Even if it was only for the view, Toompea is a must for a Tallinn city trip. From here you have a nice overview from the Kohtuotsa viewing platform to the Lower Town. Another attraction is the Toompea Castle consisting of the Russian empire governor's palace, walls and towers of the medieval fortress, the expressionist parliament building. The facade of the classicist governor's palace dominates Lossi plats ("Castle square"), where the Orthodox Alexander Nevsky Cathedral overtops it. The cathedral, nowadays the main church of the Estonian Orthodox Church of Moscow Patriarchate, has become for tourists somewhat of a symbol of Tallinn due to its exotic look, while the opinion of Estonians about it is rather ambiguous.

When we take the path back to the Lower Town we saw two medieval archers. Another touristic attraction. They were showing techniques of archery. For a small fee they are offering a training.

Back at Lower Town we decided to have a rest at the hotel, as we are awake since 04:00 and a bit tired of the travel. We had also the intention to explore the nightlife of Estonia so for sure we needed a break and headed to the hotel.

After a nap, when we woke up, it was slowly time for dinner. As planned we headed to the old town to try out the most attractive restaurant of the town, the Olde Hansa. We had no idea what we could expect of the food in this country. Sure it could not be worse than the Dutch kitchen 😊 .

We arrived at the medieval restaurant. Only to taste the atmosphere is a reason enough to have a dinner at this place. From in and outside it was decorated with a medieval theme. The light inside were all chandeliers with candles. The staff all dressed in medieval costumes. Wooden tables, stone mugs. Having dinner here is more an attraction then just having a dinner.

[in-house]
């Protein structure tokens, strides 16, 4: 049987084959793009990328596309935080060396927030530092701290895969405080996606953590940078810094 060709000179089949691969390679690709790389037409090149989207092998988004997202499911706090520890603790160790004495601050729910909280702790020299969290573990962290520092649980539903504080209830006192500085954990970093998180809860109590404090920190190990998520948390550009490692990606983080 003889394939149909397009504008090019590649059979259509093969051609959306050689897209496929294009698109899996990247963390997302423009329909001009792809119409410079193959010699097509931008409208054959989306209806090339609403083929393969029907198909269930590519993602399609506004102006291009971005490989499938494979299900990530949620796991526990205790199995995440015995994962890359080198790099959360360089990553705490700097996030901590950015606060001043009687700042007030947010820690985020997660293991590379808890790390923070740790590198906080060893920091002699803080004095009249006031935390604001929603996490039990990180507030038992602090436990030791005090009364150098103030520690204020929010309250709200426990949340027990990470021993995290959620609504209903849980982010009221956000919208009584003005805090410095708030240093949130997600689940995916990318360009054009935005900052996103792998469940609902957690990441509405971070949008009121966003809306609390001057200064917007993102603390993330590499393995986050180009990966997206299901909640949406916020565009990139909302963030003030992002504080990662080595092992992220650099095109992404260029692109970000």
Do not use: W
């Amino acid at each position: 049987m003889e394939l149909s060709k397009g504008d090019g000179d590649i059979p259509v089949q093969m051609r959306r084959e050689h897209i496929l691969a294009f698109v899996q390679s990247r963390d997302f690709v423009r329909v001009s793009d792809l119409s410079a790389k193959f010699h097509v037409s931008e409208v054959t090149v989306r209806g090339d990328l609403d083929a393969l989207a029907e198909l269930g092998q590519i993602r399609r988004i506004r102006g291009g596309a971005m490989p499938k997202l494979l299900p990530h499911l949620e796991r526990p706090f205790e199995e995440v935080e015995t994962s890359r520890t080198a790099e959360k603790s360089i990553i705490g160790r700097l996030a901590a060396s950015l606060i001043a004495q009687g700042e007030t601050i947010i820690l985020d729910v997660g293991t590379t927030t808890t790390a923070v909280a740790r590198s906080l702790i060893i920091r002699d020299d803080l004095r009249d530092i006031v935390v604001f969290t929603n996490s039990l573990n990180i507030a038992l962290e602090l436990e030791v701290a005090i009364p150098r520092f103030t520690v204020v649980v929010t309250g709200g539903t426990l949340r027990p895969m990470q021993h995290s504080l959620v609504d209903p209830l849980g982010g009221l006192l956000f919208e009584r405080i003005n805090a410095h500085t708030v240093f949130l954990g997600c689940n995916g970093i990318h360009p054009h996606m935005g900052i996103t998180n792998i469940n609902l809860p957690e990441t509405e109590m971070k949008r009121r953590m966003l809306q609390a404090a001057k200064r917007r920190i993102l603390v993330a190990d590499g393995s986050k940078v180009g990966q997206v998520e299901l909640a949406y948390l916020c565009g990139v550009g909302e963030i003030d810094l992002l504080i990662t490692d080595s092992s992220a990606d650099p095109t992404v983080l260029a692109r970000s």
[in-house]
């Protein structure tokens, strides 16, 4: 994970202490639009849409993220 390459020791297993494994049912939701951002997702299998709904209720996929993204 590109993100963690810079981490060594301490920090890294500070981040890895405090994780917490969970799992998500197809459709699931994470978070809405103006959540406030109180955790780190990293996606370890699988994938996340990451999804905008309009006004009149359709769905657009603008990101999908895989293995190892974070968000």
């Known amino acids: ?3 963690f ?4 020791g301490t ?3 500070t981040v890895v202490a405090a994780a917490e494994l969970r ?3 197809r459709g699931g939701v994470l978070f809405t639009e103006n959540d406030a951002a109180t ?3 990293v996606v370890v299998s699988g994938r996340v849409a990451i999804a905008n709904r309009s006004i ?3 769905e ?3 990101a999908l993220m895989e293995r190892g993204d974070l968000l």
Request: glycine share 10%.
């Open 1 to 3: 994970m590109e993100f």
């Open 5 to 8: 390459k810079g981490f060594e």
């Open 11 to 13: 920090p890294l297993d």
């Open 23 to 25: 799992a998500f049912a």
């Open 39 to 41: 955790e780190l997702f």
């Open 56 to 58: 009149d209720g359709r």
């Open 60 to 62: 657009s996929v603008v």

We ordered the main dishes and tried out the house wine. Unfortunately the house wine was not matching with our tastes. It was tasting like wine with cinnamon. It tasted 'different' but I can not say that I enjoyed it. When the main dished came, we were completely in a culture shock! The meat was well prepared and very tasty, but the side dishes were not making any sense at all. Meat with marmalade, boiled sugar beets, rice with sugar? These combinations are not compatible at all with our South European taste for food. Anyway we finished the main dishes (without the side dishes) and prepared us for the nightlife of Tallinn.

Outside the restaurant there was a man trying be the fire master, by playing with sticks on fire and spitting fire. During his interesting show he slipped and fell and nearly caught fire. I think it was more the effect of the petroleum which he has in his mouth the whole evening.

Time for the nightlife! Initially we went to a nice bar with live music, Gusto bar. Nice place, nice music. reasonable price. Nice for lounging. Afterwards we found a real beerhouse. A big bar with all kind of beer. After some drinks and enjoying the nice atmosphere it was time to return to our hotel and say goodnight to Tallinn.


We woke up and prepared for the breakfast. We were wondering how the breakfast was in this Economy hotel and soon we realised that we should go to the bakery next door. The choice was quite minimal and there was not much which matched our taste. No problem at all if we look to the price we paid for the hotel and the bakery next door had a lot of nice things for breakfast.

When we collected new energy it was time to continue. Today the Estonian Open Air Museum was on our schedule.

From the city centre we took the bus. It took approximately 15 minutes until we arrived to the gate of the Estonian Open Air Museum. The Museum is an akin to a village. A forest with farms, windmills and even its own church. Unfortunately we came on a wrong date and there were no shows or festivals. Normally the farms are occupied by 'farmers', who are employees of the museum and there were activities to do. For us it was only walking and enjoying of the nature.